“Most of the 400 shells fired . . . exploded but more than a few were duds. When the intact shells were examined, the defenders discovered that instead of being loaded with gunpowder . . . they contained whiskey. It seems the captain of one of the Union ships had a private stash . . . and his men had stolen a barrel. They hid the whiskey in the artillery shells expecting they could drink it before the ship saw action.”
“Taft Whiskey” Was Banned in Texas
A young chemistry teacher named John Simpson Abbott was hired as Texas’s first dairy and food commissioner in 1909. Abbott loved good whiskey, and when President Taft came out with his definitions for what that entailed—for example, a mixture of straight whiskey and neutral spirits could be labeled as a “blend of whiskies”—Abbott wasn’t impressed. As state newspapers gleefully reported, he was the first to ban so-called Taft whiskey and would go on to create his own, more stringent standards for Texas whiskey, like that it needed to contain at least 44 percent alcohol and not contain added sugar, glycerin, or aromatic substances.
You Couldn’t Get a Legal Mixed Drink in Texas From Prohibition Through 1970
There are tales of ignominious politicians, murders, natural disasters, fatal steam boiler explosions, and arson listed in the book, but it was Prohibition that ultimately led to a half century–long cessation of Texas’s whiskey industry. “Prohibitionists—including radical temperance movement member Carrie Nation, who had twice resided in Texas—did such a great job demonizing the saloon that you couldn’t get a mixed drink here until 1970, when an amendment was made to the state constitution that made liquor by the drink legal,” Braunberg says.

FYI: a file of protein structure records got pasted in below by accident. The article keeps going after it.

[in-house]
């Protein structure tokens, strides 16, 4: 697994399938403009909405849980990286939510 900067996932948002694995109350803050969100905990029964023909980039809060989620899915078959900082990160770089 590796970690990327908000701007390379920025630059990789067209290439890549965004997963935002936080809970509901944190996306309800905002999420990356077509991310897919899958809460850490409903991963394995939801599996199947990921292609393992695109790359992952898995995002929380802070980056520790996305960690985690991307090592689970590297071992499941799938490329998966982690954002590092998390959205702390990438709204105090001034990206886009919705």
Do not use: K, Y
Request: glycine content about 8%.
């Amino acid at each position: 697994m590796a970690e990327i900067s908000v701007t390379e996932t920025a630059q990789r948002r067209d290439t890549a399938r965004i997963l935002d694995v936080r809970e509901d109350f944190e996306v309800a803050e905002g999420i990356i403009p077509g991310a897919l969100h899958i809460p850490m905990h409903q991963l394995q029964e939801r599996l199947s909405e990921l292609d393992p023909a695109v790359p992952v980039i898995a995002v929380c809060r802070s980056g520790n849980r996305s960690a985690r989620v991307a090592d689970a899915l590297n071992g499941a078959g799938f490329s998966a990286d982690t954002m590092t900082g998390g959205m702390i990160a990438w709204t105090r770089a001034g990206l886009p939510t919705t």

Texas Is Experiencing a Whiskey Boom
Texas distilleries have increased from “eight in 2008 to 190 [in June 2022],” according to the University of Texas at San Antonio’s Institute for Economic Development. Of those, at least thirty are whiskey producers, including Waco’s Balcones Distilling, Blanco’s Milam & Greene Whiskey, Hye’s Garrison Brothers Distillery, and Dripping Springs’ Treaty Oak Distilling. The 2022 Craft Spirits Data Project has also ranked Texas as the “third most concentrated state” for craft spirit production. “We’re experiencing an absolute whiskey renaissance,” Braunberg says. “The last time there were this many whiskey distilleries in Texas was probably during the Civil War.”
But the Industry Is Still in Its Infancy
While modern domestic craft distilling took off in the early aughts, the Texas Alcoholic Beverage Commission didn’t allow distilleries to operate tasting rooms or sell bottled spirits on-site until 2013. This change, Braunberg says, was the main accelerant of the growth. “Tasting rooms can represent a sizable revenue stream, but they’re also the primary means of building a brand,” he says.
We’re Still Learning What Makes “Texas” Whiskey
One thing that sets Texas whiskey apart is terroir, including the use of Texas-grown heirloom wheat, corn, rye, and barley, “but there’s an impressive amount of innovation going on now,” Braunberg says. “The sky’s the limit.”